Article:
Ohtahara syndrome is a neurological disorder in which seizures occur. Newborns usually get affected with the disease in the first three months of life. In most infants the disorder leads to significant underdevelopment of part or all cerebral hemispheres. In the EEGs of the infants suffering from Ohtahara syndrome show that there is a characteristic pattern of high voltage spike wave discharge followed by little activity.
Newborns with Ohtahara syndrome have epileptic seizures. Infants with primarily tonic seizures may also experience partial seizures and in rare conditions myoclonic seizures. The metabolic disorders or the structural damage in the brain usually causes the ohtahara syndrome. But, the cause of the disorder in many conditions cannot be determined.
Antiepileptic drugs that can be used to control seizures but not usually they are effective for this disorder. At times corticosteroids can also be used. If there is a focal brain lesion a surgery may be needed.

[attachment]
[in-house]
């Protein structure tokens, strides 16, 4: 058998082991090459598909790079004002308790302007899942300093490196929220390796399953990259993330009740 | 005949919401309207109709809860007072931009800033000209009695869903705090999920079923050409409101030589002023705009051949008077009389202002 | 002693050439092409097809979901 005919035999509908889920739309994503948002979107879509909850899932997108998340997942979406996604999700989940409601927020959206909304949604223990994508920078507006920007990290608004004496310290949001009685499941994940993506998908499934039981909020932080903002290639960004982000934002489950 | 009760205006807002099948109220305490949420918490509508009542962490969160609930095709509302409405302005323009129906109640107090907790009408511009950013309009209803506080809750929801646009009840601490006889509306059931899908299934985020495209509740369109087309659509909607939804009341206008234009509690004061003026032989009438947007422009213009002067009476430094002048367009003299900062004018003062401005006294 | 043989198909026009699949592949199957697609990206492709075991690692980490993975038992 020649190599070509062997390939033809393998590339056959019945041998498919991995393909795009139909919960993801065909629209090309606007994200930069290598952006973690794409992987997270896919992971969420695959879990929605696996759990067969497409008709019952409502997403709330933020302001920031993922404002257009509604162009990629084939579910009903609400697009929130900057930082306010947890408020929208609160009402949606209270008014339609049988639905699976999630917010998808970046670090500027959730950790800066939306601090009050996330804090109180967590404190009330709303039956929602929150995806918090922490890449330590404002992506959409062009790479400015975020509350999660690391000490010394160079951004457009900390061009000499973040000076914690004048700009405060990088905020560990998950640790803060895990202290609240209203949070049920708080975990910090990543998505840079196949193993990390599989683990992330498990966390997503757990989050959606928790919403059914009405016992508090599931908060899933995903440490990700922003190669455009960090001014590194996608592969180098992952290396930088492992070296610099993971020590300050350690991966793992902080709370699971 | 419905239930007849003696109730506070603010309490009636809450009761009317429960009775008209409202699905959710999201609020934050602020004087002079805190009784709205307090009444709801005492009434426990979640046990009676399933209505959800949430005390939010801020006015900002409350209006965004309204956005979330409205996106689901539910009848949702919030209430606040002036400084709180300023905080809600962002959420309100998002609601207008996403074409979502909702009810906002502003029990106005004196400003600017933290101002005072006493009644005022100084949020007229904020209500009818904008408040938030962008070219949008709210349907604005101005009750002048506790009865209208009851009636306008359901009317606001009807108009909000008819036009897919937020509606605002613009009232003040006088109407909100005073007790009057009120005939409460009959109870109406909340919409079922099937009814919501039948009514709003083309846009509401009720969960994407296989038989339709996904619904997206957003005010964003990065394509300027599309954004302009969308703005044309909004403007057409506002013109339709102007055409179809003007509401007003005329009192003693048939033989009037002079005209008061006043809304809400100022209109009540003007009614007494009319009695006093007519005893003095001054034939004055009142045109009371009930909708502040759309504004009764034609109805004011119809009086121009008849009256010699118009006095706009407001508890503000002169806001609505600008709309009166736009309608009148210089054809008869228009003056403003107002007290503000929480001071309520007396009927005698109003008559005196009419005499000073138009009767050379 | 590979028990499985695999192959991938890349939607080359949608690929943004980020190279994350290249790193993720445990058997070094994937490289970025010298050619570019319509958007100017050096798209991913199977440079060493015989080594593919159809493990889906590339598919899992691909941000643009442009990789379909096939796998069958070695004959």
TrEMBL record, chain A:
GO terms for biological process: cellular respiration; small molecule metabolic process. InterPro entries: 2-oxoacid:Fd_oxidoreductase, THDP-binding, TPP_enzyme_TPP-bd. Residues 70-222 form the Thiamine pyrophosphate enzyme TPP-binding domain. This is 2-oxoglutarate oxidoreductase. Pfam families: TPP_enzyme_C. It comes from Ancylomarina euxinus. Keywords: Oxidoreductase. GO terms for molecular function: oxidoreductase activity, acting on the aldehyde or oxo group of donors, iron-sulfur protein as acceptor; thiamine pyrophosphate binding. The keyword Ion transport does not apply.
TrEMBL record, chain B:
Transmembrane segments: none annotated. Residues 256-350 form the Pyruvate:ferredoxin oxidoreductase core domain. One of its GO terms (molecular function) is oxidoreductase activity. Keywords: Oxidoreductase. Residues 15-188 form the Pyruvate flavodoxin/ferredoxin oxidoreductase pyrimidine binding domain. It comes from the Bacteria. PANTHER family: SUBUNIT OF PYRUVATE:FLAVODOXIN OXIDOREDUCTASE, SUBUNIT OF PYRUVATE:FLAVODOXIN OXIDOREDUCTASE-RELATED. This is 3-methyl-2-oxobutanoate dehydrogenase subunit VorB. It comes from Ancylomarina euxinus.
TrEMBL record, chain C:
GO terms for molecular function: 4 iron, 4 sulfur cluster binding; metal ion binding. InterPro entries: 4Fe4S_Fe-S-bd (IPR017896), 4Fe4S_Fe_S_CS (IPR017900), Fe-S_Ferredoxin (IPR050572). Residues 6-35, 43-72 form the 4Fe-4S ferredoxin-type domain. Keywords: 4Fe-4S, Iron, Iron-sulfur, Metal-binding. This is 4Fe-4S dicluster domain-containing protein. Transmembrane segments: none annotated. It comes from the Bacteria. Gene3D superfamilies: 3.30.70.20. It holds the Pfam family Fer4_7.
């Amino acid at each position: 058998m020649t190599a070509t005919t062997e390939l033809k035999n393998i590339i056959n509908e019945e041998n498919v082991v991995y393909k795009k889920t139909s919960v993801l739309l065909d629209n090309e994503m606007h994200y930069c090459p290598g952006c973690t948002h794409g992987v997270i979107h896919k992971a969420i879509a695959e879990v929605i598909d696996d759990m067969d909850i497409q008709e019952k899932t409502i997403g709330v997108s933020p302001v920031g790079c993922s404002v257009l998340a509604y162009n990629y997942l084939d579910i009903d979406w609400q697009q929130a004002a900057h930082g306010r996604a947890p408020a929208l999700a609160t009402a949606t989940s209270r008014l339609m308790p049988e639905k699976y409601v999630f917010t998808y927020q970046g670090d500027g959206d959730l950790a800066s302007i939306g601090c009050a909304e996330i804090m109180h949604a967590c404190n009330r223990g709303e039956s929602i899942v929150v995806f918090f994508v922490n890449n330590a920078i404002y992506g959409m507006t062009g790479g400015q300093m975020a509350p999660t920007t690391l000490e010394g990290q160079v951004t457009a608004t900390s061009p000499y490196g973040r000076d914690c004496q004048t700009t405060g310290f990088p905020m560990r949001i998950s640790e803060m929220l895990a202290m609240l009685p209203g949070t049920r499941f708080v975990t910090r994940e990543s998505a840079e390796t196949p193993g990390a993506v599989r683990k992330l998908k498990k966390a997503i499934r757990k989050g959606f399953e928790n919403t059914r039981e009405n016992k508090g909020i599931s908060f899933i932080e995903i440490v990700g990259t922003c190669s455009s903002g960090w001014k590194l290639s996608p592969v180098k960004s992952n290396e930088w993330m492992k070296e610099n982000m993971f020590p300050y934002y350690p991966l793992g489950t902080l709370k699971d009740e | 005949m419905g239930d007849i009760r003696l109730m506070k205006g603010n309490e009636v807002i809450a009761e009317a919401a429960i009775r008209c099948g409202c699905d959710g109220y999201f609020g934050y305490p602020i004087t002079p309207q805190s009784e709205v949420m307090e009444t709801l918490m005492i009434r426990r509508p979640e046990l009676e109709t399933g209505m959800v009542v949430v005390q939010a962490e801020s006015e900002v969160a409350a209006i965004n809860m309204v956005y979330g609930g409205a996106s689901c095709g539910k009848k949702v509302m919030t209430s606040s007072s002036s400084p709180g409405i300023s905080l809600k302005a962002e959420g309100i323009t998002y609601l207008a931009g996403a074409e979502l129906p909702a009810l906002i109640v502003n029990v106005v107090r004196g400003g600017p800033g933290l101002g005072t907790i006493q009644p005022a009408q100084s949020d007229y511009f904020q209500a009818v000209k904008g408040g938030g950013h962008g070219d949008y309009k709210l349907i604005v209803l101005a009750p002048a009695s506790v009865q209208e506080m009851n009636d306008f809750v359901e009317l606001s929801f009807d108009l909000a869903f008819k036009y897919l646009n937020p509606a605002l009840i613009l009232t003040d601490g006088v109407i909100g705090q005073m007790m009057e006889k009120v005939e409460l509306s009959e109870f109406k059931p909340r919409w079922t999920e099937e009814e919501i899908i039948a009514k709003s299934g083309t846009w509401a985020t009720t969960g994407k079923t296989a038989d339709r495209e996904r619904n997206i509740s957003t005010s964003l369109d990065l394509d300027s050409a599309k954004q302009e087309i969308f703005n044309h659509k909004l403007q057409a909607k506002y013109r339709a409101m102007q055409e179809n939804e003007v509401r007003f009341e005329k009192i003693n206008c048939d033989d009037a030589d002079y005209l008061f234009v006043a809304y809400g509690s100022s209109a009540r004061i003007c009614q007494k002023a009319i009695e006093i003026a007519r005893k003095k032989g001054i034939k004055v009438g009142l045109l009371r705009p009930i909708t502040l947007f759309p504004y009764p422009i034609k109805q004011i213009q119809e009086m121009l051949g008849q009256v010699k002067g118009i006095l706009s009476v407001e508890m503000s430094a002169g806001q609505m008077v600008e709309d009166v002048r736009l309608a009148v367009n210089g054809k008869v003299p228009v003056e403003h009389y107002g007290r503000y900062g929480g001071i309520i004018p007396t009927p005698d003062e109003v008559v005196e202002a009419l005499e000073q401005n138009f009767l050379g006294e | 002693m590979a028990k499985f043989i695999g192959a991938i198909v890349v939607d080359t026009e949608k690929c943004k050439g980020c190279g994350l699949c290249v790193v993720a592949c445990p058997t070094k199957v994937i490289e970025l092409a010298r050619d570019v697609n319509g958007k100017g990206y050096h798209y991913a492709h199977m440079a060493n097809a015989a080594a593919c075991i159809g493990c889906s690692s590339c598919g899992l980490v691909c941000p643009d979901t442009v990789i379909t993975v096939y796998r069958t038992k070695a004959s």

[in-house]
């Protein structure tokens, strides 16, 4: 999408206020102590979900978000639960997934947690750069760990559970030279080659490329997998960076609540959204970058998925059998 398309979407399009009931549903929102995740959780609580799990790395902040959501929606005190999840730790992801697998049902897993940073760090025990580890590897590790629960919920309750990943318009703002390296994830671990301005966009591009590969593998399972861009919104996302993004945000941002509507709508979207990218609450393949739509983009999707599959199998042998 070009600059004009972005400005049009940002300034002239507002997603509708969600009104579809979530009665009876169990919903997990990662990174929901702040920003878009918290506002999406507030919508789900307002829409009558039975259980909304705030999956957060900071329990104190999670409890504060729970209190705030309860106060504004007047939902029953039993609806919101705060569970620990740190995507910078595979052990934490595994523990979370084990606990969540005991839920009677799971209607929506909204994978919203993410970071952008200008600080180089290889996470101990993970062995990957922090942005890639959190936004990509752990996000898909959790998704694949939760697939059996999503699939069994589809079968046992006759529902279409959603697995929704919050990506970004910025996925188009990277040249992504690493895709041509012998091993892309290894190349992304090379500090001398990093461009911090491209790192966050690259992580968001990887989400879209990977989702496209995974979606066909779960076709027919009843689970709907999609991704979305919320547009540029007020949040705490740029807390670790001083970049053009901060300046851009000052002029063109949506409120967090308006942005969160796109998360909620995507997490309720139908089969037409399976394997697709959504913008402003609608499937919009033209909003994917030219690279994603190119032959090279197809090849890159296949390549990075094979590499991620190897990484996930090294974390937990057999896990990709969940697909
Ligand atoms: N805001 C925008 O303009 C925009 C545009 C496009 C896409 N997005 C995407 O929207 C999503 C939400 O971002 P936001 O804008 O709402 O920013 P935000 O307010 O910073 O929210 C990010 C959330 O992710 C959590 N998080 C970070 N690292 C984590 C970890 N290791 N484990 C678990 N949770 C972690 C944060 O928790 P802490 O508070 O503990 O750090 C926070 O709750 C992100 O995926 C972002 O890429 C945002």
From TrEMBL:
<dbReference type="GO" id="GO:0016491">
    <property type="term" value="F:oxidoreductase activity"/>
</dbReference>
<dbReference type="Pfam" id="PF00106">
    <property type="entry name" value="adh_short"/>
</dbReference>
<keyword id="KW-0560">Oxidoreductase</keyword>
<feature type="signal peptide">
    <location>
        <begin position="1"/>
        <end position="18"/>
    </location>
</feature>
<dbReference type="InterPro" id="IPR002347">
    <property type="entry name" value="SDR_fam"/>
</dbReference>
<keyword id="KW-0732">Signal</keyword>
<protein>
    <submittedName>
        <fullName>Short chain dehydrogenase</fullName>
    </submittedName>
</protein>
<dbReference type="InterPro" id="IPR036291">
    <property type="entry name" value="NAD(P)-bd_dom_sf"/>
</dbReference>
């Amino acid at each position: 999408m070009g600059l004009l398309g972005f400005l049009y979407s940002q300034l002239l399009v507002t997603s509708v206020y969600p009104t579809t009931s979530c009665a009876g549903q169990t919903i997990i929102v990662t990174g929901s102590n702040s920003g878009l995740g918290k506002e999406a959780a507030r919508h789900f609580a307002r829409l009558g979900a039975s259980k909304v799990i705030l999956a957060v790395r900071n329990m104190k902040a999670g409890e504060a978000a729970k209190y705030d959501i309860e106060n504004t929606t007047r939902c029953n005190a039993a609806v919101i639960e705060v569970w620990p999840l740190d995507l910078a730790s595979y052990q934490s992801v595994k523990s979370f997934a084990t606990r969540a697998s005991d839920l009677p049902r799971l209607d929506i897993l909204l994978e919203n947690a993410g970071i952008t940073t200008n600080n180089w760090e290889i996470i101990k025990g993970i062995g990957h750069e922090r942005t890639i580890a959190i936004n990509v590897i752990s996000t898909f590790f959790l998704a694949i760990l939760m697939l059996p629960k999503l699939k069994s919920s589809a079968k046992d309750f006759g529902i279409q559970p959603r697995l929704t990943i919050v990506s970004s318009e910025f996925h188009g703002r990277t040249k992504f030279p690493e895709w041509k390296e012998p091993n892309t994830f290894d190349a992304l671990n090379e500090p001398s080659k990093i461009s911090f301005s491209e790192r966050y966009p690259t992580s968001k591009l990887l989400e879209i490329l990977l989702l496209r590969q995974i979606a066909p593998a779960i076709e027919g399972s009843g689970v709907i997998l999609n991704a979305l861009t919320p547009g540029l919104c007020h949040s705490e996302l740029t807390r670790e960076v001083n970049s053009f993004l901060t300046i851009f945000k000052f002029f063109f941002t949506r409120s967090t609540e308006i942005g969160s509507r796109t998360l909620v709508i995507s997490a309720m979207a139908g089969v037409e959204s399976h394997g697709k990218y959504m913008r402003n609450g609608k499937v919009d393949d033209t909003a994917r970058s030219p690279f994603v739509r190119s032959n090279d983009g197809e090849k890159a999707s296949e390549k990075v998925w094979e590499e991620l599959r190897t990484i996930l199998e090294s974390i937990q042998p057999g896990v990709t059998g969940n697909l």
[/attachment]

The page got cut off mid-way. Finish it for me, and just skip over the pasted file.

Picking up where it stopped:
There can be a severely progressive course of Ohtahara syndrome. The seizures become more frequent followed by physical and mental retardation. In some cases, the children die in infancy and others who survive remain profoundly handicapped. When the children grow, they progress into other epileptic disorders like West syndrome and Lennox-Gestaut syndrome.
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Read more on Ohtahara Syndrome Causes and Risks.
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